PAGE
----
Evanston aldermen approve eight Divvy bicycle station sites


Daily file photo by Sean Su

Divvy bike-sharing service already has 300 locations across Chicago. Evanston aldermen Monday approved plans for eight bike stations to be installed across Evanston.

Ben Schaefer, Assistant City Editor

City Council on Monday unanimously approved the sites for Divvy bike-sharing stations to be installed in eight locations across the city this spring.

City staff is working to secure financial support from community partners and advertisers to reduce the costs to Evanston, according to a city memorandum.

The city initially surveyed citizens on 17 possible locations for the stations during the selection process. At the meeting Monday night the aldermen approved the eight final locations, with one revision approved for the eighth location on Howard Street. Other locations include the Central Street Metra station, the Central Street CTA station, Sheridan Road, the intersections of Church Street and Dodge Avenue and Greenleaf Street and Dodge Avenue, downtown Evanston and the Main Street CTA/Metra station, according to a city memorandum.

The project is the result of a collaboration among Evanston, Oak Park, Chicago and the state. Illinois is providing $3 million in funding while the three cities share the $750,000 cost for the program. Evanston will contribute $108,000 from various parts of its budget, city manager Wally Bobkiewicz told Evanston media in an email last year.

The city is also seeking $80,000 in funding for the program to match a grant from the Illinois Department of Transportation.

Bikers can purchase a $75 annual Divvy membership or a 24-hour pass for $7. Both options allow for unlimited 30 minute trips.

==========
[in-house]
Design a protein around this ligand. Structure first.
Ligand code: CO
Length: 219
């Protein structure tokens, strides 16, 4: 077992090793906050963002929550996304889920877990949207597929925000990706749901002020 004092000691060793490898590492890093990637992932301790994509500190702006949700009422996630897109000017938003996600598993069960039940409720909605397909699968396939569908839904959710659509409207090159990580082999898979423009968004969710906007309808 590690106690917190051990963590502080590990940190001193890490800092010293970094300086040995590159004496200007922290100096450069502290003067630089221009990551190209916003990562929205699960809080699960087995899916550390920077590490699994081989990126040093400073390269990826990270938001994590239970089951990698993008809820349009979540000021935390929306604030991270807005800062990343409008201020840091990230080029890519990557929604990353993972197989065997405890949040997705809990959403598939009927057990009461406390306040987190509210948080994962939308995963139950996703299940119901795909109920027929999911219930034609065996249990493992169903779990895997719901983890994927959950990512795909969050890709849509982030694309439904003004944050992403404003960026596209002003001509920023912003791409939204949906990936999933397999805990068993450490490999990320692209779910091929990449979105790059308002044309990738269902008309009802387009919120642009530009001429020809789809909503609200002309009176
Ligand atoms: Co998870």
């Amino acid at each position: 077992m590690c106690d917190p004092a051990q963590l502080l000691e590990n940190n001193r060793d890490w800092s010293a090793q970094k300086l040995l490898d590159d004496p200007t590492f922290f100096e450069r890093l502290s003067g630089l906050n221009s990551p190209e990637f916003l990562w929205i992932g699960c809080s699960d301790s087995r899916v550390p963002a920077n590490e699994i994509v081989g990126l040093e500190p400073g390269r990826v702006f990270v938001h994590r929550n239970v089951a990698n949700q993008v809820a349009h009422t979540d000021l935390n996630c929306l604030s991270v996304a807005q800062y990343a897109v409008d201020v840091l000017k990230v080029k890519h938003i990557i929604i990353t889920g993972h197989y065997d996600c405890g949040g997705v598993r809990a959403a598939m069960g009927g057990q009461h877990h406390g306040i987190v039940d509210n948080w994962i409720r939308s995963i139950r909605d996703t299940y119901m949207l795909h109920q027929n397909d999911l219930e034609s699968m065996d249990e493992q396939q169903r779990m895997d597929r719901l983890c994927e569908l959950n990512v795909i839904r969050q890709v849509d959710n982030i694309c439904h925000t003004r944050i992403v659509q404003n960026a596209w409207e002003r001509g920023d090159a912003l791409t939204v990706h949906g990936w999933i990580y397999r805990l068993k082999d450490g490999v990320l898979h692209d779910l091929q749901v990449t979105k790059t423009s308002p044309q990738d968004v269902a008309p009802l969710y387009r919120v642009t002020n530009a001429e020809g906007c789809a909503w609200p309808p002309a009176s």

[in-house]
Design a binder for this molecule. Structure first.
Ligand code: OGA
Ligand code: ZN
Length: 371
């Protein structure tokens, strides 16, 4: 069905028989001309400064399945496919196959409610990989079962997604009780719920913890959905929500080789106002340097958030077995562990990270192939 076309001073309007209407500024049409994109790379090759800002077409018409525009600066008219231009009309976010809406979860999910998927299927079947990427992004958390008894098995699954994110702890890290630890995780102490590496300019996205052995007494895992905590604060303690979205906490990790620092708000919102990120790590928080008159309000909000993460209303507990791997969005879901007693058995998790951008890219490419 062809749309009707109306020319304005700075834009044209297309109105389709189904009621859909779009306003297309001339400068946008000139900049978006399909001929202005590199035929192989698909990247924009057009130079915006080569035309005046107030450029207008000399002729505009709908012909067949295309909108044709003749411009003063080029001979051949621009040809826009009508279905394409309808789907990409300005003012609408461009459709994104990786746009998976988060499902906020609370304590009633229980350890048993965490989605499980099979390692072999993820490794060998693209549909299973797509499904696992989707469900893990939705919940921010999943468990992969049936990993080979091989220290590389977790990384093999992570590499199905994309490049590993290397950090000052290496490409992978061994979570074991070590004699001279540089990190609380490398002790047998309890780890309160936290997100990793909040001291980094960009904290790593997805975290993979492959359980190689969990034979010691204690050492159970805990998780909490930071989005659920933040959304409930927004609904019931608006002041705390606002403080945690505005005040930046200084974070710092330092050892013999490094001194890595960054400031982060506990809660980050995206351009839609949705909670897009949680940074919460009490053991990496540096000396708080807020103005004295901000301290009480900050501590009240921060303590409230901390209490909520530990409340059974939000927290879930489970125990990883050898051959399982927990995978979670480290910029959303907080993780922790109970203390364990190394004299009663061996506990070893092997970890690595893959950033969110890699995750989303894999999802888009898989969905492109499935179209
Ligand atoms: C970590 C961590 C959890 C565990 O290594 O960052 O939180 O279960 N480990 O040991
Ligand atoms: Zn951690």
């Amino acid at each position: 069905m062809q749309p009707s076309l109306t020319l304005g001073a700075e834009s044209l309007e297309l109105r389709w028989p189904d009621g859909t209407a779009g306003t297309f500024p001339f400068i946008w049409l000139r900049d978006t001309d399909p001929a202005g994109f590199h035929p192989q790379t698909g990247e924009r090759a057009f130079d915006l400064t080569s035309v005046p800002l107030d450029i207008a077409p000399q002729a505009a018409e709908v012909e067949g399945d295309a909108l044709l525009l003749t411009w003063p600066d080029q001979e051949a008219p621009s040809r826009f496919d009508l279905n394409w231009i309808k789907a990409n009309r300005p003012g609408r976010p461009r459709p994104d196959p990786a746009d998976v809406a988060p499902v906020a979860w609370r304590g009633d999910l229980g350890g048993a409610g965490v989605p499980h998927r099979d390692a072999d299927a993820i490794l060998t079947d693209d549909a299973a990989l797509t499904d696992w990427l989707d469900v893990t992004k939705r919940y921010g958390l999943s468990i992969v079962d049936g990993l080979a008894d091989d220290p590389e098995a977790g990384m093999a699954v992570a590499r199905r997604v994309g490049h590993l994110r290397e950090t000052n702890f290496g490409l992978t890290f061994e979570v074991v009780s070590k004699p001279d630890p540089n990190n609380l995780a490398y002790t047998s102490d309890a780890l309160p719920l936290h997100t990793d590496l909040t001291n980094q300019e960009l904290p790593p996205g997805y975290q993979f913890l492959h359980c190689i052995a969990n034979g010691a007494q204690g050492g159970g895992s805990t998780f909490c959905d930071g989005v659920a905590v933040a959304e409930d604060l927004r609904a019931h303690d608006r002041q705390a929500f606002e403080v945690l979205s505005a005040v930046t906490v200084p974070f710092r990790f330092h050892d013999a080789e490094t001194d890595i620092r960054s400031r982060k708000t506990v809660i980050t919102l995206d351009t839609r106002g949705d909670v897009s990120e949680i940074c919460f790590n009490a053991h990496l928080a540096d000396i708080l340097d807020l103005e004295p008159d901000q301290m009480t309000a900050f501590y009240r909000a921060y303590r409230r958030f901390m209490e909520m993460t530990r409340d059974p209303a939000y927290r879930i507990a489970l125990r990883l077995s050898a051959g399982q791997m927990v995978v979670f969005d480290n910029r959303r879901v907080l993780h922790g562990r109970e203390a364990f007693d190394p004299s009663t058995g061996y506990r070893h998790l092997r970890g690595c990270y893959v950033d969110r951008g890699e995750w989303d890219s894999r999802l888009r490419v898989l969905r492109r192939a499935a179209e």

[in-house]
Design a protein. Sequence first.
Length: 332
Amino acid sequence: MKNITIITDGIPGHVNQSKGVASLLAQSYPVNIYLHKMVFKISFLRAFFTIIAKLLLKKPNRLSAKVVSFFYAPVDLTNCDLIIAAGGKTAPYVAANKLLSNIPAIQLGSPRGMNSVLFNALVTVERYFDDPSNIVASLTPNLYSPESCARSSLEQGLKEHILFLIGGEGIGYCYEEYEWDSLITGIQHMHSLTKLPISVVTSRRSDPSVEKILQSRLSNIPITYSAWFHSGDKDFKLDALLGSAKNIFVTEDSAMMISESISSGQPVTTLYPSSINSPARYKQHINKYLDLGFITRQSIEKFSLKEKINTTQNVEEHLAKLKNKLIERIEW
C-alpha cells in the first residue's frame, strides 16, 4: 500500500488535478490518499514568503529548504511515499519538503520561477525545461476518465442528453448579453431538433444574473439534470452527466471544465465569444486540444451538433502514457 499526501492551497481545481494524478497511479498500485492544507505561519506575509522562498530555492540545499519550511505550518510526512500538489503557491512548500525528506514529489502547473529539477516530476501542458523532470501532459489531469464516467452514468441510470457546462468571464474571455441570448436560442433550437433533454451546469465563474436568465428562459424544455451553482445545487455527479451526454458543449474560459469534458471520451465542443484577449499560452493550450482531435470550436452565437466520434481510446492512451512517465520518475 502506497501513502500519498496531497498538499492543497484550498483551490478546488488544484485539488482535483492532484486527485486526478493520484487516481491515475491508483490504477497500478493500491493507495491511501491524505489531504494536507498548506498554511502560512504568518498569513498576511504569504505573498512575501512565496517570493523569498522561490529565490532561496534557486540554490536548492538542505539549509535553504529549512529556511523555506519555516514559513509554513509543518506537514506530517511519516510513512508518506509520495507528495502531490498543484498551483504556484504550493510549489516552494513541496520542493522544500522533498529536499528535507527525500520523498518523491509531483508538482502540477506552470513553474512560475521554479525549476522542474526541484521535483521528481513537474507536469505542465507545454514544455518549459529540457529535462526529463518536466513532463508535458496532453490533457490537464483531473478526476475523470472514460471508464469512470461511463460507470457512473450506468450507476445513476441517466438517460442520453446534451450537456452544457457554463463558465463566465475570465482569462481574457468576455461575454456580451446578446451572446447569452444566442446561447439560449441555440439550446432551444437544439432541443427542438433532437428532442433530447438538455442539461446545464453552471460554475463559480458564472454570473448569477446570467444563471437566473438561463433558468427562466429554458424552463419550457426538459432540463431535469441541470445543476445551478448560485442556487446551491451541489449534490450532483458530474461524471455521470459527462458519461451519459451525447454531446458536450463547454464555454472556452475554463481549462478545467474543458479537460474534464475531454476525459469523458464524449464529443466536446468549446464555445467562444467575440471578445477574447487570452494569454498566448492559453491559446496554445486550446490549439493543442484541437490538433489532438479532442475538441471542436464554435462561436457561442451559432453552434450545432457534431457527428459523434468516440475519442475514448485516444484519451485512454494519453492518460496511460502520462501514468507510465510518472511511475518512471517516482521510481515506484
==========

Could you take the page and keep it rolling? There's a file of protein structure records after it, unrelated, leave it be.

The funding will also create 12 stations in Oak Park and 50 stations in Chicago, which already has 300 Divvy stations.

Council also voted 6 to 1 to introduce the issue of a planned installation for a 12-story mixed-use development into the agenda. Ald. Judy Fiske (1st) voted against the project.

Several community members and residents of a nearby condominium building objected to the project during the meeting.

Doug Fuson, a resident of a neighboring building in the 1500 block of Elmwood Avenue, spoke about Evanston’s downtown plan.

“When I was buying my condo, we were told that the lot to the north could not be built over four stories,” Fuson, a lawyer, said.

Bernard Citron, the attorney for the project, made the presentation for the building and defended its merits, citing the need for moderately upscale housing that catered to younger adults working in Evanston.

“We’ve worked hard to construct a building that respects everyone,” Citron said.

The project is scheduled to be discussed further by the council March 23.

Email: [email protected]
Twitter: @BSchaefer27